The Trump administration last year reinstated — and expanded — a rule banning family planning clinics that get aid money from the United States from performing abortions or even discussing abortion with their patients. Often called the “global gag rule,” it’s led to clinic closures and reductions in crucial services around the world. And now it might be coming to the United States.
The White House is reportedly considering a domestic gag rule that would essentially apply the restrictions of the global rule to providers that receive federal Title X funds, which help low-income patients get services like contraceptive counseling and testing for sexually transmitted infections. Such a rule would force Planned Parenthood and other reproductive health providers to either stop discussing abortions with their patients or stop receiving Title X money.
The global gag rule, also called the Mexico City policy, has been reinstated by every Republican president since Ronald Reagan established it in 1984, but a domestic gag rule was only in effect for one month, in 1992. But anti-abortion groups and members of Congress have been pushing the White House to issue its own version, which some believe could come this month.
It’s not yet clear exactly what form a domestic gag rule from the Trump administration would take. The previous attempt at one was immediately challenged in court. But reproductive health advocates say the consequences of such a move could be dire — forcing doctors to lie to patients, undermining medical ethics, and leaving low-income Americans without necessary health care. On May 14, over forty senators, including Sens. Elizabeth Warren (D-MA) and Bernie Sanders (I-VT), sent a letter to the Department of Health and Human Services warning of the potentially disastrous impact of a domestic gag rule; more than a hundred members of the House sent a similar letter.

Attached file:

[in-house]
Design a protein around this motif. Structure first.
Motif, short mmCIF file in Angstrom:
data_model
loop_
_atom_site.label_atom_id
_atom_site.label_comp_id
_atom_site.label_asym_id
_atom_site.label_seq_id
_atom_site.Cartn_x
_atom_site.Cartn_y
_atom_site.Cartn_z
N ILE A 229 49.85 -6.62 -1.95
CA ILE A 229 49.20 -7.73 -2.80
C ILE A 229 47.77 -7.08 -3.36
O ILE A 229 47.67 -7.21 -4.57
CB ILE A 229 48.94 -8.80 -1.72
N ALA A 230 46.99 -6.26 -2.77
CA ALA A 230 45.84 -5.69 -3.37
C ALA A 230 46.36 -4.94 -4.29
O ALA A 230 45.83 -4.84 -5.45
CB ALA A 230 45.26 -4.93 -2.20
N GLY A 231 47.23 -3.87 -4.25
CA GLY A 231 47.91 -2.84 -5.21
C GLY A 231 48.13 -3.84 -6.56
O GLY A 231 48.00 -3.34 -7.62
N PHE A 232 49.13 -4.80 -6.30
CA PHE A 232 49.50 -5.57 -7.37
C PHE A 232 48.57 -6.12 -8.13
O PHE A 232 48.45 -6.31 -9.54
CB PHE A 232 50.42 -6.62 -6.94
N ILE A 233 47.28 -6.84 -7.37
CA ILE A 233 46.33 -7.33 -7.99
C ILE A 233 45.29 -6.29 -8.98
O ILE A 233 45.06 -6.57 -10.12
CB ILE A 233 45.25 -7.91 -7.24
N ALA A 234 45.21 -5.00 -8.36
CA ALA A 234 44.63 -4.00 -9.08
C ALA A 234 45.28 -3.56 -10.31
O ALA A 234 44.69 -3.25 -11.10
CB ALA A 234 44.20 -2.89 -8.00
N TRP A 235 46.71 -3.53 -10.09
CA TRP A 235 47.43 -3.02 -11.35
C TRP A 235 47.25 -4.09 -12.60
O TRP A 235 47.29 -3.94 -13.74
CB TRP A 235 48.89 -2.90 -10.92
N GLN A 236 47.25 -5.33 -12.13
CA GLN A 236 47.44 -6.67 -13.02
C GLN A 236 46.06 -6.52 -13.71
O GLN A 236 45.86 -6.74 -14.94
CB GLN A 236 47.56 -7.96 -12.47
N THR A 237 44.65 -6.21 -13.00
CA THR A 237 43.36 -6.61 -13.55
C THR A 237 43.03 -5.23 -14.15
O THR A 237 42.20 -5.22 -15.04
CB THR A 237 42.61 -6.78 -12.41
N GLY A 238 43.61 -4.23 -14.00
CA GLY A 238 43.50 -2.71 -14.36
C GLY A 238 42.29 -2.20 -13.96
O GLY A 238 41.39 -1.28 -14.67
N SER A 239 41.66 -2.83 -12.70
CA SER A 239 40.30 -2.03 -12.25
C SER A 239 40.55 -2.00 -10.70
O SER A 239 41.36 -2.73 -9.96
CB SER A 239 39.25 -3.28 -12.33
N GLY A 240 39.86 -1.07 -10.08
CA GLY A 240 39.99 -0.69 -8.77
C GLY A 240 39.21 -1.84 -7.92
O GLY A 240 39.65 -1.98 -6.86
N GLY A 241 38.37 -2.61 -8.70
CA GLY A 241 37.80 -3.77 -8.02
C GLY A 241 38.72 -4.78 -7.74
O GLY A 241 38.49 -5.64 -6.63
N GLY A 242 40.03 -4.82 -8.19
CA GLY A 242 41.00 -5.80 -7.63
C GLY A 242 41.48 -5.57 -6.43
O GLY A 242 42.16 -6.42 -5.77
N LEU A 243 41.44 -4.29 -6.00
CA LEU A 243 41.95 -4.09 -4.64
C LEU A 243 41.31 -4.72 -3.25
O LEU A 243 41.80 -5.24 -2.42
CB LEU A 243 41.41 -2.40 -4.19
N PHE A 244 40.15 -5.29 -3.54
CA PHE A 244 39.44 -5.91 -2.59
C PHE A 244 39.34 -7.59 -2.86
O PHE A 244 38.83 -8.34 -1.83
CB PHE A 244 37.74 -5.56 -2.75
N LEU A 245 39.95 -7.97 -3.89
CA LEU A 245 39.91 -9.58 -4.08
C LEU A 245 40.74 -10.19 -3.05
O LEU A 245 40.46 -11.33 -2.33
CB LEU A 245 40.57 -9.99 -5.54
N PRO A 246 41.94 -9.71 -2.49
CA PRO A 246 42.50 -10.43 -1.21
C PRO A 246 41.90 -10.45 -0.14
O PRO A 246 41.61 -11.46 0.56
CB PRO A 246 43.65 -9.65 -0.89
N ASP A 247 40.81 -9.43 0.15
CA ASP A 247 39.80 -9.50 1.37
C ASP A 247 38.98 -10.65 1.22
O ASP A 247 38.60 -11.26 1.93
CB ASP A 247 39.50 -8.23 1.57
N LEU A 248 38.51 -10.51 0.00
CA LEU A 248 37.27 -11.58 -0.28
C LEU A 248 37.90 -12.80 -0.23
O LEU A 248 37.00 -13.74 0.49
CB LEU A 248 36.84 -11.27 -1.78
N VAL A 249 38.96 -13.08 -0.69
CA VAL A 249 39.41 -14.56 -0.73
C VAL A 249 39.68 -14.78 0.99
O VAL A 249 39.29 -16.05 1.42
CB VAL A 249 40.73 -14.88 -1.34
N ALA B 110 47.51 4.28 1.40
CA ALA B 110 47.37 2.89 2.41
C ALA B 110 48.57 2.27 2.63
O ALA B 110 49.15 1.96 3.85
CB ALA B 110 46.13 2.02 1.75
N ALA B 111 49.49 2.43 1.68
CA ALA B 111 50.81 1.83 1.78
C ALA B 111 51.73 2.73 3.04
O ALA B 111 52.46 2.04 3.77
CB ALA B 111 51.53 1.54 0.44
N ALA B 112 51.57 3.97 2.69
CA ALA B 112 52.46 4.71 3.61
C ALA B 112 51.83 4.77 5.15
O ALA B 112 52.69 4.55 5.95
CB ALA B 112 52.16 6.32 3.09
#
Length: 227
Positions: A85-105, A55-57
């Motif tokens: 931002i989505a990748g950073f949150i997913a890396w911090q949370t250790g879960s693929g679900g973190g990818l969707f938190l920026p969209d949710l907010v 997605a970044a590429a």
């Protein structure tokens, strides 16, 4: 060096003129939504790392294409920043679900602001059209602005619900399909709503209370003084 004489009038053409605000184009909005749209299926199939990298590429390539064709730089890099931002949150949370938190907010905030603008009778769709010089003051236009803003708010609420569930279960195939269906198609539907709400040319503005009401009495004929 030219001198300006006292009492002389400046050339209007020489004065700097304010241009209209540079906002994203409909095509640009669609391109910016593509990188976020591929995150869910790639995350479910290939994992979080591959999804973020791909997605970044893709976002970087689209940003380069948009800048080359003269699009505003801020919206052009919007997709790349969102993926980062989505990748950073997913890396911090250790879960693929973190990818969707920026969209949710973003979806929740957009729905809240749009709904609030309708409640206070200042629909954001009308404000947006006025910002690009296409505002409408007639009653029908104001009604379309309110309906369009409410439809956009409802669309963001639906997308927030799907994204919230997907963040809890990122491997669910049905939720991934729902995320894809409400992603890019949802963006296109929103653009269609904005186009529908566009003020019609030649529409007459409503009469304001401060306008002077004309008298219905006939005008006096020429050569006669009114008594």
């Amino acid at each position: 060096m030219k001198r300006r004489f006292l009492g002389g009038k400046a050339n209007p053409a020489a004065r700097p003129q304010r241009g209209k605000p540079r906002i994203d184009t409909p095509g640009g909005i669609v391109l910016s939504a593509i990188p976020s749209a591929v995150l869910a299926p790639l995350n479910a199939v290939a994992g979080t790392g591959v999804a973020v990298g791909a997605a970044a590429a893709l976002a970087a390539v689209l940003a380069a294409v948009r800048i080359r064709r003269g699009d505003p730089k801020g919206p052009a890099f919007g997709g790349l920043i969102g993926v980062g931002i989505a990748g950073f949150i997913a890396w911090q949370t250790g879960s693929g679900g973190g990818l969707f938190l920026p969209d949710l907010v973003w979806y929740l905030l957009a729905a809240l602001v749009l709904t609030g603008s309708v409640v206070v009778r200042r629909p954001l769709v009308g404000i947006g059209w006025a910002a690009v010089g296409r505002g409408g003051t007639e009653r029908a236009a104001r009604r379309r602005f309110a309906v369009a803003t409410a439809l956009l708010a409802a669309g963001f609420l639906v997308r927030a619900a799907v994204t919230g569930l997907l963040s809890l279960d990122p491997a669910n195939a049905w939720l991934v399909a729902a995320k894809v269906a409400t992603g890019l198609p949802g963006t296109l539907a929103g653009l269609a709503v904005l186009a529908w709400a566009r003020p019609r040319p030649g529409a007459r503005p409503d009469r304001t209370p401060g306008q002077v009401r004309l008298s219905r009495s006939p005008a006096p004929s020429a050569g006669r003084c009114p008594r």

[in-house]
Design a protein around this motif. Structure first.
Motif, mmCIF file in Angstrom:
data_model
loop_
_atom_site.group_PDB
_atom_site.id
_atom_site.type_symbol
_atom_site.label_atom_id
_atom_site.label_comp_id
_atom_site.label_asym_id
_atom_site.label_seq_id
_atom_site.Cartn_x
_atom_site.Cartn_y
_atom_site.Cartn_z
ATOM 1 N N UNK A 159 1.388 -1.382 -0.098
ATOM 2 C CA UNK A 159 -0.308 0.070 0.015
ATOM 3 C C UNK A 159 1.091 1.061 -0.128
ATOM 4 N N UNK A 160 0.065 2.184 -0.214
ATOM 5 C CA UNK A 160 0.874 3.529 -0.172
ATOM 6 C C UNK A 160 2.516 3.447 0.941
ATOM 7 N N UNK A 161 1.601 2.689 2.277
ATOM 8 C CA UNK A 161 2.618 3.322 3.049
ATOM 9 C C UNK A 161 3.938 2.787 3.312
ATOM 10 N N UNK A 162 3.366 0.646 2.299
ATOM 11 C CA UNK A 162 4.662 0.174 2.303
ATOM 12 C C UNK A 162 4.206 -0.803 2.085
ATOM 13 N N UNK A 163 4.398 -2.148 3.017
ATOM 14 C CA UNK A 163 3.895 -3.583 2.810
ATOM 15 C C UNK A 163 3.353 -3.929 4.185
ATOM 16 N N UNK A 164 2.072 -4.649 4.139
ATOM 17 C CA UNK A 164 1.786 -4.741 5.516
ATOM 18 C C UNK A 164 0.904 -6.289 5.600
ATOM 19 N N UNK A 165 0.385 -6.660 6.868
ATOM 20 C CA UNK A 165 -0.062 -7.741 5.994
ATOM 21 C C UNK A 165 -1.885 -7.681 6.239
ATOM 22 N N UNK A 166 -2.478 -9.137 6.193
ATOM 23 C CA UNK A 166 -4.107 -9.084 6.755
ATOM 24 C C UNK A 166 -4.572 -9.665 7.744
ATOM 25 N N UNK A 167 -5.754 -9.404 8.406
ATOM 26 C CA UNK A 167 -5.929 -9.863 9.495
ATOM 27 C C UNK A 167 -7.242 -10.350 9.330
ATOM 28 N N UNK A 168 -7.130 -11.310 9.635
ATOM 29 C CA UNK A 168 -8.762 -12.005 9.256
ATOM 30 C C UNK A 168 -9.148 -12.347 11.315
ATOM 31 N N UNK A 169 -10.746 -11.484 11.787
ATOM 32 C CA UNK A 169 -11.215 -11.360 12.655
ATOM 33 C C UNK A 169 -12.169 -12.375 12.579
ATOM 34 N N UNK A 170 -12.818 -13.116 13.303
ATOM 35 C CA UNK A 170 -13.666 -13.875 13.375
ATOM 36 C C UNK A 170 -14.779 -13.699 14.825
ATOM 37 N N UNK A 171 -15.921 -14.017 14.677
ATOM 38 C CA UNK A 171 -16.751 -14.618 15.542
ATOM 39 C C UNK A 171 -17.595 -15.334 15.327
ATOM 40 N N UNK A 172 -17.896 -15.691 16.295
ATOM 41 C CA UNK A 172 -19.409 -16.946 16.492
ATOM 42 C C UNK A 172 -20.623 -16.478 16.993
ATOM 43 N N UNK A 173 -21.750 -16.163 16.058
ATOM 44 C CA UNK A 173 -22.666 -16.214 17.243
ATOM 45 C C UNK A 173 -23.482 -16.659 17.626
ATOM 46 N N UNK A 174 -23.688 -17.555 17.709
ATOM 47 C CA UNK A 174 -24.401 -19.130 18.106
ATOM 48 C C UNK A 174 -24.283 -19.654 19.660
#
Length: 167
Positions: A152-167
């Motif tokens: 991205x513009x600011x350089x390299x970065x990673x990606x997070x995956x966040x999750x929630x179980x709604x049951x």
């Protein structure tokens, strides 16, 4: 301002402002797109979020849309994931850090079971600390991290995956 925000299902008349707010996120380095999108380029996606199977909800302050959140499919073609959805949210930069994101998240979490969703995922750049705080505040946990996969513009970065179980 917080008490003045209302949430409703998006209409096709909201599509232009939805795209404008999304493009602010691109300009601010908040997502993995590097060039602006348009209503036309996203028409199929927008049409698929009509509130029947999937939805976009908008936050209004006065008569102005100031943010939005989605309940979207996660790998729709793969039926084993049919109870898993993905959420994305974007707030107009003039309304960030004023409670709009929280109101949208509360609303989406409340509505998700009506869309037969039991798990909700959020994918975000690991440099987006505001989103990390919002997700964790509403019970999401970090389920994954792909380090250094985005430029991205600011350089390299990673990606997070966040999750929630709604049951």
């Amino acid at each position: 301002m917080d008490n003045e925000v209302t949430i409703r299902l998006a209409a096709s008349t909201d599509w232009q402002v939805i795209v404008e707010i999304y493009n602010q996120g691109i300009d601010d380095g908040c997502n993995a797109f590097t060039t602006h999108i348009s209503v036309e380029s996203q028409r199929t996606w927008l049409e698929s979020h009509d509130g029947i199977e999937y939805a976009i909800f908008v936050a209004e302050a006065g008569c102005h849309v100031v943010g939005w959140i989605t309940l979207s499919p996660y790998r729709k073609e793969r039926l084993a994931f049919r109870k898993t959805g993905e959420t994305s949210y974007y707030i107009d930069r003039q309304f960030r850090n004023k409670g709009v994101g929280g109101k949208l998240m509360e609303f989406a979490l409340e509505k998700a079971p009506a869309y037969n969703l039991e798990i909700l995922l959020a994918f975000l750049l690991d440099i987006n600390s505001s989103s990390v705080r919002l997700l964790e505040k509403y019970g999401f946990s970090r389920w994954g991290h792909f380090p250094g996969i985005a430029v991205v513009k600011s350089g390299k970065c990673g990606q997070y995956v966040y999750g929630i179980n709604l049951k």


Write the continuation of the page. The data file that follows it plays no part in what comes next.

A domestic gag rule would also be part of a larger pattern in the Trump administration, which has moved repeatedly over the past year and a half to restrict Americans’ access to contraception, abortion, and accurate information about their health.
Abortion opponents have been advocating for a domestic gag rule for a while. Trump is reportedly listening.
The Reagan administration issued a domestic gag rule in 1988, but it was immediately challenged in court by reproductive health groups. The case ultimately made it to the Supreme Court, which decided in 1991 that the rule could go into effect. It took effect briefly but was again blocked by a court challenge, and when President Clinton took office in 1993, he suspended the rule. That was the end of it. until now.
Anti-abortion advocates have long been pushing the Trump administration to implement a domestic version of the global gag rule. In April, Republican Reps. Ron Estes (KS), Vicky Hartzler (MO), and Chris Smith (NJ) circulated a letter in the House asking the Department of Health and Human Services to implement such a rule, according to the Hill. “The Title X Family Planning Program is in dire need of review and updated regulations that ensure program integrity with respect to elective abortion,” the letter said.